A lot has been said about the new Springbok jersey, designed by ASICS, for the 2015 Rugby World Cup. The jersey was launched on Thursday to mark the 100 day count down to the biggest rugby showpiece.
The main discussion point is the absent Springbok logo on the front of the jersey, with the Rugby World Cup logo replacing the Springbok on the right, the ASICS logo in the middle and the national sporting emblem, the Protea, on the left.
The iconic Springbok logo has moved to the left sleeve, as in 2011, to conform to the contractual requirements of the tournament organisers. Only the Rugby World Cup logo, national sporting emblem and apparel sponsor is allowed on the front of the jersey. The Springbok will move back to the front of the jersey post World Cup.
The main aim of the jersey was to reduce the weight without compromising on the strength. The 2015 Rugby World Cup jersey will be the lightest ever worn by a South African team at a Rugby World Cup, making it 70 grams lighter than any previous jersey.
Jean de Villiers, Tendai Mtawarira, Eben Etzebeth, Bismarck du Plessis, Duane Vermeulen, Willie le Roux, Cornal Hendricks and Pat Lambie took part in an extensive testing programme in Japan to fine tune the final product.
The smooth surface will also make it harder than ever before to keep hold of in a tackle, while an area which has seen significant development after player insight is the Super-Grip silicone which features on the chest of the jersey.
The new Springbok jersey has been designed with the aim of reducing weight without compromising on strength and will feature three key technical areas.
As mentioned earlier the jersey will weigh 70 grams lighter than any previous jersey worn at a Rugby World Cup, which will reduce fatigue and allow players to play with more freedom.
It will also feature two combined materials with high tensile strength and a smooth surface making it harder than ever before to keep hold of in the tackle. The mechanical weave is designed to stretch, allowing players to bind to each other, but it also “snaps back” quickly making it hard for players to grip the in the tackle.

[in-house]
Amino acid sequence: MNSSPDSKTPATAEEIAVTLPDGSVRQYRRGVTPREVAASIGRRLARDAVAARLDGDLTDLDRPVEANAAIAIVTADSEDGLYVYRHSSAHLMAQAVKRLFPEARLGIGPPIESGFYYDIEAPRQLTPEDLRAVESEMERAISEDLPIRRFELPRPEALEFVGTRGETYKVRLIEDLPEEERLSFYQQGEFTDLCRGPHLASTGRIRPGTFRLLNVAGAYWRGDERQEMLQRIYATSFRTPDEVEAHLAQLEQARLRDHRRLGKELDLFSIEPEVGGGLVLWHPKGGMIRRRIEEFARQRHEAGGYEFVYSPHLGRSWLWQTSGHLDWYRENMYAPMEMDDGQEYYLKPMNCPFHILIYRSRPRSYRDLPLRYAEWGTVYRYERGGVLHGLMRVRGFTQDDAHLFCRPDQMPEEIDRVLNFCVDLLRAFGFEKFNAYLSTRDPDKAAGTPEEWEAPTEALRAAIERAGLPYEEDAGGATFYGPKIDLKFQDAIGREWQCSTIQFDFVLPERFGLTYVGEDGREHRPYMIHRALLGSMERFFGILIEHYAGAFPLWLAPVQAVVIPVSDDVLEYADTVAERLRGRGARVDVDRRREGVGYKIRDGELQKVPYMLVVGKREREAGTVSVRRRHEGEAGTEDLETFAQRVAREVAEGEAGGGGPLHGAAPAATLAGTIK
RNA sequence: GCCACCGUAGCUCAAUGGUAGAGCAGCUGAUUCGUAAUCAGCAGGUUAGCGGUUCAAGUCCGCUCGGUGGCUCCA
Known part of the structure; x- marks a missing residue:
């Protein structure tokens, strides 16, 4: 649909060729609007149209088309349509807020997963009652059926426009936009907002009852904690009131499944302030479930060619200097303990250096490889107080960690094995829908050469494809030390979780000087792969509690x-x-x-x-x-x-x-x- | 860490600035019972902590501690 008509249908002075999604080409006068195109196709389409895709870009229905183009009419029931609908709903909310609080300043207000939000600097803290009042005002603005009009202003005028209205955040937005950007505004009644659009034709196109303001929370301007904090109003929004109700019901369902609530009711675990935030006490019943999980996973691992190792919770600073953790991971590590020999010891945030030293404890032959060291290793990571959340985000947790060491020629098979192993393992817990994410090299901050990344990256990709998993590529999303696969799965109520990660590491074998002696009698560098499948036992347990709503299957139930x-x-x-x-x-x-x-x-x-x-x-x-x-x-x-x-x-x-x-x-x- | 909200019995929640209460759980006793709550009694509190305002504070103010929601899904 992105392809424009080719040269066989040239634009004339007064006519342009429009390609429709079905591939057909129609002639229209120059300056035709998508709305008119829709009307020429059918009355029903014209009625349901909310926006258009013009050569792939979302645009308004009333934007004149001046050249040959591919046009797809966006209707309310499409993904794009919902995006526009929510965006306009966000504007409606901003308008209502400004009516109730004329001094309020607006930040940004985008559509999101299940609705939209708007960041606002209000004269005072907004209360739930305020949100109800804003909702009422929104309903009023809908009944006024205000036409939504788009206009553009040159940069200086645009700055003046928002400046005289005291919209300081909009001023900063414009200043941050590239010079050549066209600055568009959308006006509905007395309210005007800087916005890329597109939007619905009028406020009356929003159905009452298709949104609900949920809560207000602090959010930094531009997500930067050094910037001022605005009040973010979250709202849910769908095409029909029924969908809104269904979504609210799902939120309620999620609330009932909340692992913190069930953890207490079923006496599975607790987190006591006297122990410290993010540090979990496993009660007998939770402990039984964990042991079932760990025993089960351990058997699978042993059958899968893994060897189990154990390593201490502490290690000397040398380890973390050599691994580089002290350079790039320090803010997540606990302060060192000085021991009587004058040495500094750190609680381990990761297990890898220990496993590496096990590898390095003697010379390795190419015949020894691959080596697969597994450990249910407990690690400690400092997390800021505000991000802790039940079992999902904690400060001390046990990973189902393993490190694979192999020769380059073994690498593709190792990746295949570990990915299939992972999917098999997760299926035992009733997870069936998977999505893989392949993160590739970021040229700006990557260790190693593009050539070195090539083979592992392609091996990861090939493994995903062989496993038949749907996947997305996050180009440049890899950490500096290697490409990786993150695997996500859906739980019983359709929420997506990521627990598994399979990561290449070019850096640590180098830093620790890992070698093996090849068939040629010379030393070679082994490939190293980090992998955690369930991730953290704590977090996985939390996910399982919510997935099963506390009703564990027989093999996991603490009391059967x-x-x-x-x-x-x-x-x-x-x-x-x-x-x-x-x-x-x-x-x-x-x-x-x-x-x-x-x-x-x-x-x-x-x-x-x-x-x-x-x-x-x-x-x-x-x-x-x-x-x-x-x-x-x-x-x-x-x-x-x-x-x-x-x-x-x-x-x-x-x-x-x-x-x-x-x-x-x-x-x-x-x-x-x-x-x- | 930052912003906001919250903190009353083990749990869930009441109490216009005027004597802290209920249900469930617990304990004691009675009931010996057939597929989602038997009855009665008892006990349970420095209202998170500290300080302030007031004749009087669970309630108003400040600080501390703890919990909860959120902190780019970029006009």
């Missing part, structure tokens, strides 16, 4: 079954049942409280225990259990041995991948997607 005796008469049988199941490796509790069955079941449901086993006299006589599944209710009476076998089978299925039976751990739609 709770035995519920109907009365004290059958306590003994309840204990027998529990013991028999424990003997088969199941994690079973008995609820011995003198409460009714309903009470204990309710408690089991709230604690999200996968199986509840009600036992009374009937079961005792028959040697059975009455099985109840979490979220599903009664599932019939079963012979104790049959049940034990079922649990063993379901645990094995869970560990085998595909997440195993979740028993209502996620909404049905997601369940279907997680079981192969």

An area which has seen significant development after player insight is the Super-Grip silicone which features on the chest of the jersey. The grip is graduated down the ribcage rather than being high on the chest. Having graduated grip keeps weight down whilst also ensuring critical areas used for protecting the ball when running and catching maintain the most grip.
By repositioning the grip lower on the ribcage the players also feel a benefit in binding onto one another in scrum and maul situations.
ASICS made sure they covered all the bases when they designed the new Springbok apparel, even introducing compression socks to enhance their overall performance.
The socks work to improve blood flow, this alleviates fatigue, allowing players to play harder for longer as well as aiding recovery post-game.
ASICS socks also feature a moisture wicking yarn improving comfort and nano-glide technology in the heel and toe to stop blisters.
CEO of ASICS, Alistair Cameron, said they had put in hundreds of hours of hard work and meticulous planning to ensure the Springboks have a competitive edge at the Rugby World Cup.
“We are passionate about preparation and performance, as success is not an accident.”
“We have collected data and insights from the Springboks and created products that actively enhance their performance. Together with the South African Rugby Union we have developed a kit which will help the Springboks in their ultimate aim of lifting and keeping the Webb Ellis Cup,” said Cameron.
Written by Pierre Mc Leod